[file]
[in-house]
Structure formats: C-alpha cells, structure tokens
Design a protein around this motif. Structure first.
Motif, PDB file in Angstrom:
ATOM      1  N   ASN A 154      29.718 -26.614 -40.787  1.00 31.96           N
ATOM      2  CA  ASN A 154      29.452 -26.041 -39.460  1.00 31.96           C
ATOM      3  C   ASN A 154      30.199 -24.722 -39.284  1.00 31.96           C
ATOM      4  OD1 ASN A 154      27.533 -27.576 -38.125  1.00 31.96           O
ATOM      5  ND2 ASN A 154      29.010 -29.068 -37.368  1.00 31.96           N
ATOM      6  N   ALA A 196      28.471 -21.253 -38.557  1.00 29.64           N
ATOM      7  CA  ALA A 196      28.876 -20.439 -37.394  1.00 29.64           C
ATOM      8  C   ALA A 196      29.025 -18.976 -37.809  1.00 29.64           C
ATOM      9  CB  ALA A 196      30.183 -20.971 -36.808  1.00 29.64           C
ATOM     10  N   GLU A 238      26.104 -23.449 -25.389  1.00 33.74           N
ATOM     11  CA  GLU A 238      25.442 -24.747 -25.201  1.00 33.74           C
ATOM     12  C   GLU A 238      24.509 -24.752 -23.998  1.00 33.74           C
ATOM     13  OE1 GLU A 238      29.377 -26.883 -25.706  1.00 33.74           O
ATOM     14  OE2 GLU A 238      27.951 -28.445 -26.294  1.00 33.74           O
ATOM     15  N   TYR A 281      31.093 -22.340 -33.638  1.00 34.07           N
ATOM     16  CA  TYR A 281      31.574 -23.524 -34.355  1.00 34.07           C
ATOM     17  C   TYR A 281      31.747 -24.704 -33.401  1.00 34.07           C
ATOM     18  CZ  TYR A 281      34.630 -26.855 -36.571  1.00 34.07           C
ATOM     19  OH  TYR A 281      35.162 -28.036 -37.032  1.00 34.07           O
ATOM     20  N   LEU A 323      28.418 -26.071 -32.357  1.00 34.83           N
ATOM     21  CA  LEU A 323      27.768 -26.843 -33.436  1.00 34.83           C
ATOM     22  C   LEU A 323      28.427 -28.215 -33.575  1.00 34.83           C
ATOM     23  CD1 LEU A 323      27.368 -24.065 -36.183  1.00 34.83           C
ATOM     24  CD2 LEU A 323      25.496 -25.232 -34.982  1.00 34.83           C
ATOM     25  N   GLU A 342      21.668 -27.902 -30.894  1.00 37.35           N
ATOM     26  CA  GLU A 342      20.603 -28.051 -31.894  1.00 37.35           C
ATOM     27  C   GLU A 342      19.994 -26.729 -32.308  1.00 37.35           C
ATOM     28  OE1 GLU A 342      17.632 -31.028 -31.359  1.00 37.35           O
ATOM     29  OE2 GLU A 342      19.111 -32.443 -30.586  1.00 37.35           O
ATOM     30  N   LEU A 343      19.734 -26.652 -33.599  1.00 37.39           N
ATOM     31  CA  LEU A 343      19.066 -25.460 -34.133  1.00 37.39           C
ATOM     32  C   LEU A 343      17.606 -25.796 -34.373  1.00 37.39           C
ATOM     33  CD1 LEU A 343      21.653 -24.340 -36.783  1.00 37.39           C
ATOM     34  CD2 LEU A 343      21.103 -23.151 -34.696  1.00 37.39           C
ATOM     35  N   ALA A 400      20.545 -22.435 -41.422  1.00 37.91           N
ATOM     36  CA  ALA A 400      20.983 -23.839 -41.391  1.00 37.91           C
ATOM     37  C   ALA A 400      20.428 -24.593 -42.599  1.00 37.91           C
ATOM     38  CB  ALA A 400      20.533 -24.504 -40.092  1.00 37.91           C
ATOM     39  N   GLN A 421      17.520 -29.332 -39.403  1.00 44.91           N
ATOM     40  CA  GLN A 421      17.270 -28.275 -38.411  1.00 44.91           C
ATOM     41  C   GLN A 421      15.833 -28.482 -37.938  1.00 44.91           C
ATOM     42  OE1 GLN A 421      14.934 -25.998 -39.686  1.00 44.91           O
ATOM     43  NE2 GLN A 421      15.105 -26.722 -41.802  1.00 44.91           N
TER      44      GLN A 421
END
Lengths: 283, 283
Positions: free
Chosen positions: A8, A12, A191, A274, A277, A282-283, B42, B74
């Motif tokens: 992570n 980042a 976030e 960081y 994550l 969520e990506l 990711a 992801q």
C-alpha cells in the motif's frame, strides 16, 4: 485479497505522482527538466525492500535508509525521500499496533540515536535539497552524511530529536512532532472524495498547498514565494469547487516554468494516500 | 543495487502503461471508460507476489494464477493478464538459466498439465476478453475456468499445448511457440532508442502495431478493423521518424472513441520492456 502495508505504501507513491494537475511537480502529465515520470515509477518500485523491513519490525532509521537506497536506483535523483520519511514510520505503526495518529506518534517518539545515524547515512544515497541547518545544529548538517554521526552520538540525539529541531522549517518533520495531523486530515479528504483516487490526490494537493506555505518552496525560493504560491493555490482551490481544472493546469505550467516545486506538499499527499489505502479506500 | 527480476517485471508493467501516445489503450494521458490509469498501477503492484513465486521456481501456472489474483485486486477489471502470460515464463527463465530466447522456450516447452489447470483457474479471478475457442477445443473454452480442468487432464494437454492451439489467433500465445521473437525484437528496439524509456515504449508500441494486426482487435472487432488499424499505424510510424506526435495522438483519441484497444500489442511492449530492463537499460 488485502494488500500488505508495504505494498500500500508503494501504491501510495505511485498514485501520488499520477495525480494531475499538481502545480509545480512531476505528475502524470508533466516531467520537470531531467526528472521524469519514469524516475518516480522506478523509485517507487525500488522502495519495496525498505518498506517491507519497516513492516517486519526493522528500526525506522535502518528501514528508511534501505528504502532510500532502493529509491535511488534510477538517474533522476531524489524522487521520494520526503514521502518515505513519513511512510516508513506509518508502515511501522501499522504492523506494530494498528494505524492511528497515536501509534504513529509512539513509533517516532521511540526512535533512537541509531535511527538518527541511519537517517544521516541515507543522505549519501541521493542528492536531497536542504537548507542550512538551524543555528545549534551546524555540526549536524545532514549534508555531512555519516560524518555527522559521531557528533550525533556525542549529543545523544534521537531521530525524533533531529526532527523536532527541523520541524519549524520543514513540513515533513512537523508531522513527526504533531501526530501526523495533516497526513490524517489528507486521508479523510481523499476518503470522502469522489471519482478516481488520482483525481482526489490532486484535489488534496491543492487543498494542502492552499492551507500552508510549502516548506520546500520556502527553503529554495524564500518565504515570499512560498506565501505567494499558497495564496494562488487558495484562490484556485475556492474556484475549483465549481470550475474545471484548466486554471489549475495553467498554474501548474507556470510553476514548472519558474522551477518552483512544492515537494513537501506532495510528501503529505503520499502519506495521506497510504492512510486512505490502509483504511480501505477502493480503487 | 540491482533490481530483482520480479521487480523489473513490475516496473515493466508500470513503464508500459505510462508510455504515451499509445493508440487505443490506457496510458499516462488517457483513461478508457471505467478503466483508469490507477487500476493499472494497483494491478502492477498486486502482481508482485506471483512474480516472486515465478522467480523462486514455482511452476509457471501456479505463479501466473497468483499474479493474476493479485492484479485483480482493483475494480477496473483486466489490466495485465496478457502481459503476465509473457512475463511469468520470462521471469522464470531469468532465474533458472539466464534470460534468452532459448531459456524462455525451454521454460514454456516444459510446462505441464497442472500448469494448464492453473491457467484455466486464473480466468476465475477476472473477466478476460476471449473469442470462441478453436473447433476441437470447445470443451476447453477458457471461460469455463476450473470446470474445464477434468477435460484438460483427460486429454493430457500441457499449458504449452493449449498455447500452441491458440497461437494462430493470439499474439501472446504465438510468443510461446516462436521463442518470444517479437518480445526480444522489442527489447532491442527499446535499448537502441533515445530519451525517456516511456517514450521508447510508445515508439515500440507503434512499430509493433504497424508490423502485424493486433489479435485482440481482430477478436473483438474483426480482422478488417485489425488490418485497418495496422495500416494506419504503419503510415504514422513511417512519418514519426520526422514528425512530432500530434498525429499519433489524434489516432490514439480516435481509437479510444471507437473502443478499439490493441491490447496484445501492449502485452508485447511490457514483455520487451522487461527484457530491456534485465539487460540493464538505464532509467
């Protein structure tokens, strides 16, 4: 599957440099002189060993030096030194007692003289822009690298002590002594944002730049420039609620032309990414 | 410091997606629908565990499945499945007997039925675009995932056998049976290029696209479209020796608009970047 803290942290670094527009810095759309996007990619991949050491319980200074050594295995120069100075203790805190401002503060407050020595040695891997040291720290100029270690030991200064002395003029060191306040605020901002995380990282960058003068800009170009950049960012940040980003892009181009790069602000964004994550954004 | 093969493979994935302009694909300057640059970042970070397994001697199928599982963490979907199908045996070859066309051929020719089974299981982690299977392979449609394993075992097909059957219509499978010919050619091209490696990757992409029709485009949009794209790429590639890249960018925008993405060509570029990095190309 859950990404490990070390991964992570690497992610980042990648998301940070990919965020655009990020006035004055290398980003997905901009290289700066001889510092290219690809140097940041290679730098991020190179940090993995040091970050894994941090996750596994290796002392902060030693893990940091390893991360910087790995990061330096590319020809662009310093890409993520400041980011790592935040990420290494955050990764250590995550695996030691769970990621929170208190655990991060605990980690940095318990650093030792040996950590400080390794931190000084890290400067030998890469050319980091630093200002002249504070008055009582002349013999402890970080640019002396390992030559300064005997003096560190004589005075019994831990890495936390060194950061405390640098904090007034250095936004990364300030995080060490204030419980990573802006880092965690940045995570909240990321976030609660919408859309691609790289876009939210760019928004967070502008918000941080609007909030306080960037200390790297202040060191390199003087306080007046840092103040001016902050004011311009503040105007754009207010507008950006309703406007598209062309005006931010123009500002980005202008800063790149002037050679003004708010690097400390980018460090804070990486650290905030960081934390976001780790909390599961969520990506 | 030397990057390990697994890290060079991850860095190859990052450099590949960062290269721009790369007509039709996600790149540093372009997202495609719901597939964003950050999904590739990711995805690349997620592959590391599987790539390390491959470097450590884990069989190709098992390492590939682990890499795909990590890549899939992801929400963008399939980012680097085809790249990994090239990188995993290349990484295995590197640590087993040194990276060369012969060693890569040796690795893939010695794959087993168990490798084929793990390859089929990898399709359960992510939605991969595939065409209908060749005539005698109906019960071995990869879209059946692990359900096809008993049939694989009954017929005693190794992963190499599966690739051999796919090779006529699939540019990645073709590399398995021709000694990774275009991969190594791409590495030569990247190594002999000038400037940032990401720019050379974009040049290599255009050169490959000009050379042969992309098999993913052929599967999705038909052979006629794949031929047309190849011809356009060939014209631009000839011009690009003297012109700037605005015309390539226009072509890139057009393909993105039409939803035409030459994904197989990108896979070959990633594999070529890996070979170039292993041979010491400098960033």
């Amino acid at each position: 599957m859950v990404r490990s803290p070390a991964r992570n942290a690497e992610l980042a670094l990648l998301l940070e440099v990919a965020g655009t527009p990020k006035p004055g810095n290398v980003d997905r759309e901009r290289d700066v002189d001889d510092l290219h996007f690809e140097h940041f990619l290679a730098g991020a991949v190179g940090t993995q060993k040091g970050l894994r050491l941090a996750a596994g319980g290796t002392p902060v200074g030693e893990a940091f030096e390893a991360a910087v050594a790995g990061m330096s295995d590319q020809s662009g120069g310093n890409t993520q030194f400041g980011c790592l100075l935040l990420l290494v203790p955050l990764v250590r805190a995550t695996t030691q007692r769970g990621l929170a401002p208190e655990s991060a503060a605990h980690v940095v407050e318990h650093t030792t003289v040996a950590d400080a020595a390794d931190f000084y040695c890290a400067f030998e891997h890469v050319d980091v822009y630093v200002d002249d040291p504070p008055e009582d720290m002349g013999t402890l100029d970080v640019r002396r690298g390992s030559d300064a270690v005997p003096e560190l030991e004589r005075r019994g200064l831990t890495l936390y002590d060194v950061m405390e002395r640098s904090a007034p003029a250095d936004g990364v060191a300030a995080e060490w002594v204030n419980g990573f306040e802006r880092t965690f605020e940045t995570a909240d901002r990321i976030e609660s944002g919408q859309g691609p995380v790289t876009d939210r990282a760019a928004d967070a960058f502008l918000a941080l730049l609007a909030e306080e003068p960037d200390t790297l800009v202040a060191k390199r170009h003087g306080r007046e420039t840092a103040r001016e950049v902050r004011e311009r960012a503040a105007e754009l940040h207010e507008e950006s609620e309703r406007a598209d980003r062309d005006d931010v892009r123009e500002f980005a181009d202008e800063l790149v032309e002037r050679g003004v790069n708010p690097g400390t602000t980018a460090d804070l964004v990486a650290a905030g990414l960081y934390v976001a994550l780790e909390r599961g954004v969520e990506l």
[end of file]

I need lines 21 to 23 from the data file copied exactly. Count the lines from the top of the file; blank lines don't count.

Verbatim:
ATOM     17  C   TYR A 281      31.747 -24.704 -33.401  1.00 34.07           C
ATOM     18  CZ  TYR A 281      34.630 -26.855 -36.571  1.00 34.07           C
ATOM     19  OH  TYR A 281      35.162 -28.036 -37.032  1.00 34.07           O